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A SCENE AT THE SEA (Ano natsu, ichiban shizukana umi) (director/writer/editor: Takeshi Kitano; cinematographer: Katsumi Yanagishima; cast: Kuroko Maki (Shigeru), Hiroko Oshima (Takako); Runtime:101; Kimstim Pictures; 1992-Japan)
“The film forces one to view it the way a deaf person sees the world.”

Reviewed by Dennis Schwartz

An unusual film from the always interesting director Takeshi Kitano (Fireworks/Violent Cop/Sonatine), taking an entirely different direction from the violent gangster films he is renown for. This is a very sensitive love story about a young couple who are both deaf. The dialogue is almost completely muted, as there are long stretches of golden silences and no translators for the deaf are used or needed to make things understood. The couple communicates by their expressions, rarely using sign language. It is a most compelling and unique film, one that is emotionally satisfying, on a level of a Bresson film for its sparseness and the emotional connections it makes with the viewers.

Shigeru (Kuroko Maki) works as a garbageman. On one of his rounds he finds a broken surfboard and takes it home to repair. He knows nothing about surfing, but he goes with his moonfaced girlfriend Takako (Hiroko Oshima) surfing. They go to a spot where a regular crowd of surfers hang-out and while Shigeru is learning the others laugh at his inexperience and lack of proper equipment, he doesn’t even possess a wetsuit. When Shigeru’s surfboard breaks, he goes to a sports store and bargains to get a good board. Not having enough money, Shigeru waits until payday and goes back to the same store to buy the board. Shigeru could have gotten a cheaper board somewhere else, but it turns out that he bought it at the right store. The store-owner is a champion surfer and takes an interest in him, going down to watch him surf and even giving him pointers. Slowly the boy begins to improve and add equipment, he also grows with confidence.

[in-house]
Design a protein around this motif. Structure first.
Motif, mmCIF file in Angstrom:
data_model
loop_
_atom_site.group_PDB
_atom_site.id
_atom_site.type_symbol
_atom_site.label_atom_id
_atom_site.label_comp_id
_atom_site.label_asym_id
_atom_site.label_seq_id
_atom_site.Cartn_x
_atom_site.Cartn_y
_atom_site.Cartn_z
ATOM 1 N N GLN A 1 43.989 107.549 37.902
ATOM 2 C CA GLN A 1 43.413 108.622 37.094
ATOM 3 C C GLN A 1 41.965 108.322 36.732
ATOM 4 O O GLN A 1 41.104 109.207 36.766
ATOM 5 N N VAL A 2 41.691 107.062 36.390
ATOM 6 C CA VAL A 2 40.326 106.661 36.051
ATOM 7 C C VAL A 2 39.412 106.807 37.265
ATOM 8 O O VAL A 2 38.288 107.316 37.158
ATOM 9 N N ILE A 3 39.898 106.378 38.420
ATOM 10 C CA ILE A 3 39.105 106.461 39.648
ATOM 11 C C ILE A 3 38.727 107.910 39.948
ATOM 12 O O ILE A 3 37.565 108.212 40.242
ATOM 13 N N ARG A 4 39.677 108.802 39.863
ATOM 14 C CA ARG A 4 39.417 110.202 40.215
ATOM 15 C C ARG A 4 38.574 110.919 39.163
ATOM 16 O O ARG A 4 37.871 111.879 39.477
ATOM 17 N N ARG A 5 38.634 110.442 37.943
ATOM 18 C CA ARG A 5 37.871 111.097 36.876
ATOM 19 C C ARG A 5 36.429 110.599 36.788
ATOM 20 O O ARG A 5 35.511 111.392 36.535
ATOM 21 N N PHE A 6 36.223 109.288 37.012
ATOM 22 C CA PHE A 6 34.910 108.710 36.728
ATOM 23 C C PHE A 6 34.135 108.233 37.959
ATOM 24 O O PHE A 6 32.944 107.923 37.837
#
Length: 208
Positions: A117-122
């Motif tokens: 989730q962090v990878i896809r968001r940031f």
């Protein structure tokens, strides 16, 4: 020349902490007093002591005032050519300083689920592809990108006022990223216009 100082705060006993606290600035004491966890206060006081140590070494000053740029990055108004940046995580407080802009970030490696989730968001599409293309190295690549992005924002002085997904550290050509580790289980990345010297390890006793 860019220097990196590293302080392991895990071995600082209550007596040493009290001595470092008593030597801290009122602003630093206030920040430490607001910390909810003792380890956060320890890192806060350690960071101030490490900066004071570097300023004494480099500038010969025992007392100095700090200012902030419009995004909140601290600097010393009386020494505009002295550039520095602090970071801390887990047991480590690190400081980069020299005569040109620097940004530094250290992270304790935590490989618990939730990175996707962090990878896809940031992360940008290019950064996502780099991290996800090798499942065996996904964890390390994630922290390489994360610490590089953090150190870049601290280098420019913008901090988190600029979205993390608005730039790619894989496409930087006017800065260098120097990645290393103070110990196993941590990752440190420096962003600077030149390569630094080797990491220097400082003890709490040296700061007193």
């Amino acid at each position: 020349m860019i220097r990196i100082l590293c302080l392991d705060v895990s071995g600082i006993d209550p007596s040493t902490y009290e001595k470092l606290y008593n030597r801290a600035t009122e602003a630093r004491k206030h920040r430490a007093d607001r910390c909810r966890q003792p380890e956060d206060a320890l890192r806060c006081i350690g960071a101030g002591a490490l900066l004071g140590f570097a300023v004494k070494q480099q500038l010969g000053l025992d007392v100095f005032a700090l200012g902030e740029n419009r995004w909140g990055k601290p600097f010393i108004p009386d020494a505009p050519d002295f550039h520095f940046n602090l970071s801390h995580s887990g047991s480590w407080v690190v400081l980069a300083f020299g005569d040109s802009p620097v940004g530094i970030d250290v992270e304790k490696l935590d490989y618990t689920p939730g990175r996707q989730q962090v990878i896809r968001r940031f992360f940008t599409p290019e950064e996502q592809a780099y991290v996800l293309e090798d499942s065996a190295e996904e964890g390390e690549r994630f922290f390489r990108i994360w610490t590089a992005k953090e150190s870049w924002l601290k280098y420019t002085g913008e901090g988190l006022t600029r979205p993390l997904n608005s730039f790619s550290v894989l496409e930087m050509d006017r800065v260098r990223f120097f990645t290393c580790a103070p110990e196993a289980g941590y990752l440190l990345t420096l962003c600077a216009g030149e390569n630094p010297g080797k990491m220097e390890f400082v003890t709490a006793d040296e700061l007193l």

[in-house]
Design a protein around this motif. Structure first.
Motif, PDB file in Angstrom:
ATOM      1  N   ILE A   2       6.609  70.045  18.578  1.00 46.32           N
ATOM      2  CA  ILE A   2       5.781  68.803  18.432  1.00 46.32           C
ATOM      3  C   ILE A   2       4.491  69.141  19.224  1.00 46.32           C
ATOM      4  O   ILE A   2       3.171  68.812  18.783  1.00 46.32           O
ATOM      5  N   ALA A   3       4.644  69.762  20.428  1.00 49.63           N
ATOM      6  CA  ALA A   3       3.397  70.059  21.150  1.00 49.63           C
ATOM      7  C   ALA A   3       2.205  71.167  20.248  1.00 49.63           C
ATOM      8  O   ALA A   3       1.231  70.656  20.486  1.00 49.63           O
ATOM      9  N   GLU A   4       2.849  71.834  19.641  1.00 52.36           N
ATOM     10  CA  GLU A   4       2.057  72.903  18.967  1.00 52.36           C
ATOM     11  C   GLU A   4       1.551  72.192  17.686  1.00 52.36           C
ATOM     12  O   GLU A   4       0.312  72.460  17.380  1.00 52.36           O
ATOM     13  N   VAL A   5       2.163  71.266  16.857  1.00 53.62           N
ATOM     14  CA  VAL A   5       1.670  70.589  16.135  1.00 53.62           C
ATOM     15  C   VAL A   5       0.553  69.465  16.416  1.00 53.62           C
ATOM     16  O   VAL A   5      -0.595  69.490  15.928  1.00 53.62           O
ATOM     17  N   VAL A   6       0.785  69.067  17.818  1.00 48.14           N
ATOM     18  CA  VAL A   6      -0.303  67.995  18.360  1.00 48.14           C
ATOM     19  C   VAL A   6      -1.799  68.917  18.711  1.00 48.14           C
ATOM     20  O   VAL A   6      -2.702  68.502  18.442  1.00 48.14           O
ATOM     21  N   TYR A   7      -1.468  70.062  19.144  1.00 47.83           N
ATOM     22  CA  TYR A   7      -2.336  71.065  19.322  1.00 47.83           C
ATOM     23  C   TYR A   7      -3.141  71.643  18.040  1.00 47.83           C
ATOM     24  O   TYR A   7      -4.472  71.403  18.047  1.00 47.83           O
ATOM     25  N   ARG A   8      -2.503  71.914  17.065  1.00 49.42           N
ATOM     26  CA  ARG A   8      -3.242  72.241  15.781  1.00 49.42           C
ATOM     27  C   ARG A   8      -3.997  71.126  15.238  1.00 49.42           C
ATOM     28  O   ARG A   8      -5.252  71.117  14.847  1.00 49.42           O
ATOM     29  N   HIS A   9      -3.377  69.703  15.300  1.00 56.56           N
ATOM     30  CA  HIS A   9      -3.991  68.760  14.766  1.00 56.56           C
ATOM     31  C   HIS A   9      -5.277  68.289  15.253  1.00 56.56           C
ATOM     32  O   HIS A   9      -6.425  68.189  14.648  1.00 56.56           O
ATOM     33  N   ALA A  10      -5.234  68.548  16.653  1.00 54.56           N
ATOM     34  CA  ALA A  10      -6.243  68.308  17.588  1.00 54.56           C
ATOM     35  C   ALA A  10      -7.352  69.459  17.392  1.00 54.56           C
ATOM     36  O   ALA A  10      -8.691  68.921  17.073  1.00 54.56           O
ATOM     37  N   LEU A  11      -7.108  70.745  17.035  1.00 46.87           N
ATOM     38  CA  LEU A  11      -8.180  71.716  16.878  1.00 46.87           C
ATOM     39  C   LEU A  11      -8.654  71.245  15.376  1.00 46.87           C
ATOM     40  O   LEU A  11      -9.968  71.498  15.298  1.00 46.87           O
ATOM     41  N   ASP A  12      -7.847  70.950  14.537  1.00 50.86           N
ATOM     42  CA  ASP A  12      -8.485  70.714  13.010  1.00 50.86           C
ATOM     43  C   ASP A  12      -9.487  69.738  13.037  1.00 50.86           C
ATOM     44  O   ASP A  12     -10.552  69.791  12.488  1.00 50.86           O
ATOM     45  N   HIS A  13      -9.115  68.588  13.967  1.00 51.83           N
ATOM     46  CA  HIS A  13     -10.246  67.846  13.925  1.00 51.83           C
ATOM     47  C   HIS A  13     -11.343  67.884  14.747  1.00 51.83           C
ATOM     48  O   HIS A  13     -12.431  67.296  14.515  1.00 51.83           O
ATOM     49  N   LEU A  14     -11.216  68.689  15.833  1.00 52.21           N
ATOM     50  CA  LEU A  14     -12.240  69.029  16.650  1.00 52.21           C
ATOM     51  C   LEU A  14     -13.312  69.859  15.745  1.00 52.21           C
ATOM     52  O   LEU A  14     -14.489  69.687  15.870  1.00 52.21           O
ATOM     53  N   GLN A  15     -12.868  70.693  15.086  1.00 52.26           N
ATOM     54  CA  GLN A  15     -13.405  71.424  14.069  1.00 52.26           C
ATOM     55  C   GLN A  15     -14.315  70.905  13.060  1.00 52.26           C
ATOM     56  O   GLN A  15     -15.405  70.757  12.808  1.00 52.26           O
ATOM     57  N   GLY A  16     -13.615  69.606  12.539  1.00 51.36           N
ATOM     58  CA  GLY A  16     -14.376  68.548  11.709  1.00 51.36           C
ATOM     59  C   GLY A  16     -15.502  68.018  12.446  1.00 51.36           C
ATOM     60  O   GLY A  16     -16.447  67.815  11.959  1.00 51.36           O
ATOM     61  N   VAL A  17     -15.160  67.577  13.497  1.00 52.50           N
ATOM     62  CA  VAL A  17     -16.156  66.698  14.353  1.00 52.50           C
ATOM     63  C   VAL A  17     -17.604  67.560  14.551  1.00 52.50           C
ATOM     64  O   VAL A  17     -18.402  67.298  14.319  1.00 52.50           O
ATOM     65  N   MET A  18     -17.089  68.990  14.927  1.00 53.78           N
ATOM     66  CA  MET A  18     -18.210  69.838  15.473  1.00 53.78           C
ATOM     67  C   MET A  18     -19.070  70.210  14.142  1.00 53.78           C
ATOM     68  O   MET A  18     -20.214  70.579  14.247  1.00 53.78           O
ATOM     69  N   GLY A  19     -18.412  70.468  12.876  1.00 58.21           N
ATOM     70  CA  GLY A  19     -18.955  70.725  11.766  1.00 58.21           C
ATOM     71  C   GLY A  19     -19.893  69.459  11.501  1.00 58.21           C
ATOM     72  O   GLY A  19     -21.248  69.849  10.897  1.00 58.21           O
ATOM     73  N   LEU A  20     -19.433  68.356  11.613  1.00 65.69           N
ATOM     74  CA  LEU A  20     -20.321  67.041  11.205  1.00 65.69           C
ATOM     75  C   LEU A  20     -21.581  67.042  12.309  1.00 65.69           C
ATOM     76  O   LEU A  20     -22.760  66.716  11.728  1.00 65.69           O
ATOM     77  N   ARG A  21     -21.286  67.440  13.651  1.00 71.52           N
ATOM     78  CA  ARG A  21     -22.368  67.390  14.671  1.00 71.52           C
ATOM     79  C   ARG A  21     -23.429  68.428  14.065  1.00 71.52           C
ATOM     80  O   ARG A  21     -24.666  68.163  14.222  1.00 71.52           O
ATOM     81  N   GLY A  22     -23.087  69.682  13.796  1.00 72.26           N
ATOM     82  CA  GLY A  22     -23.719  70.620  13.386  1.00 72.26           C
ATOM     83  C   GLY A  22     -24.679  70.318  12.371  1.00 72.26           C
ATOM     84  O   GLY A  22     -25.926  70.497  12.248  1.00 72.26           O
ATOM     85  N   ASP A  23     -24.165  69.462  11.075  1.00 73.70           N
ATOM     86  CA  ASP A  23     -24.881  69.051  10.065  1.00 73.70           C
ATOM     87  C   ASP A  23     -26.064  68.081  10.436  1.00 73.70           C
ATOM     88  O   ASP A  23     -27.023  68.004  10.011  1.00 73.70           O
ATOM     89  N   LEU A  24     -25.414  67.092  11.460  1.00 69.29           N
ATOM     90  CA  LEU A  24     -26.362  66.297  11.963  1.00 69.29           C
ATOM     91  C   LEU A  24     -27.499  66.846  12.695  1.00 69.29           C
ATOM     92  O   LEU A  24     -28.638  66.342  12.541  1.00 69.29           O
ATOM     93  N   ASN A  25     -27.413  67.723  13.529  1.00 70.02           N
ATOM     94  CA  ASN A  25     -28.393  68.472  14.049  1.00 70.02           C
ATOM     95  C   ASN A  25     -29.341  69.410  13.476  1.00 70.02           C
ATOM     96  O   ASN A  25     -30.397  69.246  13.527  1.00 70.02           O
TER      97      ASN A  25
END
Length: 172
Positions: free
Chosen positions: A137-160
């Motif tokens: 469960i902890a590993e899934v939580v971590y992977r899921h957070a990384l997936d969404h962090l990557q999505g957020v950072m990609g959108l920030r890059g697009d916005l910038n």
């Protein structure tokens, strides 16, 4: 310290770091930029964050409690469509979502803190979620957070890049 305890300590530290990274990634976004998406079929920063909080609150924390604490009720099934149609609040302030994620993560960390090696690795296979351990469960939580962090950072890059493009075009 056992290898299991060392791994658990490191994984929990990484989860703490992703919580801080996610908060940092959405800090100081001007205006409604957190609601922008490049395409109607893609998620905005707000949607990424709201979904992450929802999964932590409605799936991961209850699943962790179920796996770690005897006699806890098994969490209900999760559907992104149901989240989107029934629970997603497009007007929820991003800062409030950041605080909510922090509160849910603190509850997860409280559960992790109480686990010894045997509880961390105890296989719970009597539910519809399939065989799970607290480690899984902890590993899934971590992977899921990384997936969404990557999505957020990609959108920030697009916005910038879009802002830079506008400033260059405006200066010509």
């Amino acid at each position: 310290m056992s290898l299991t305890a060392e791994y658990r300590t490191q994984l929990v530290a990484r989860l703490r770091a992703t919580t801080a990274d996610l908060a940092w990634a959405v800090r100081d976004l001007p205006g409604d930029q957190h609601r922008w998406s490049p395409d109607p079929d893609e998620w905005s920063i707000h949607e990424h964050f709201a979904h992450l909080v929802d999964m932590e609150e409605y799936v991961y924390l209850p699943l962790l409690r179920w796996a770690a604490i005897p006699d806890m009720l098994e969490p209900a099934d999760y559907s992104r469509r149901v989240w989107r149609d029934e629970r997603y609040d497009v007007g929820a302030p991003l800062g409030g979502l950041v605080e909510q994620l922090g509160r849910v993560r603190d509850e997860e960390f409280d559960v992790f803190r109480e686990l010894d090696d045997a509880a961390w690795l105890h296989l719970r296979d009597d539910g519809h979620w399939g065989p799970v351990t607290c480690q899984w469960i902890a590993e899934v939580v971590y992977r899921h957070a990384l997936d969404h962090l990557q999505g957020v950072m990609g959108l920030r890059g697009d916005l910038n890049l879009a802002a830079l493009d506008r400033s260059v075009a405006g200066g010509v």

There are some splendid scenes where we view Shigeru at a surfing contest, the Chikura Surf Classics. None of his local group bother to tell him that they announced his name when he is called and he misses the contest, while his group is chided for this by the store-owner.

We view Shigeru walk in a noble manner to the surfing area with his girlfriend and follow with curiosity how Takako temporarily withdraws from him, as her jealousy arises when she sees him sitting with another girl.

The film forces one to view it the way a deaf person sees the world. There is little need for dialogue to convey its story. It is clearly shown how human nature can be understood by deaf people, that one does not need language to express how people cling to groups in order to glorify their own exclusiveness. The film always has a light strain of humor running through it, yet what remains memorable is how beautiful the summer scenery is and how effectively simple the story is. It is molded together in a very discriminating way while, at the same time, presenting a very touching love story. This is a cinema fans true delight, a purely visual film without the need for high-tech artifices.


Dennis Schwartz: “Ozus’ World Movie Reviews”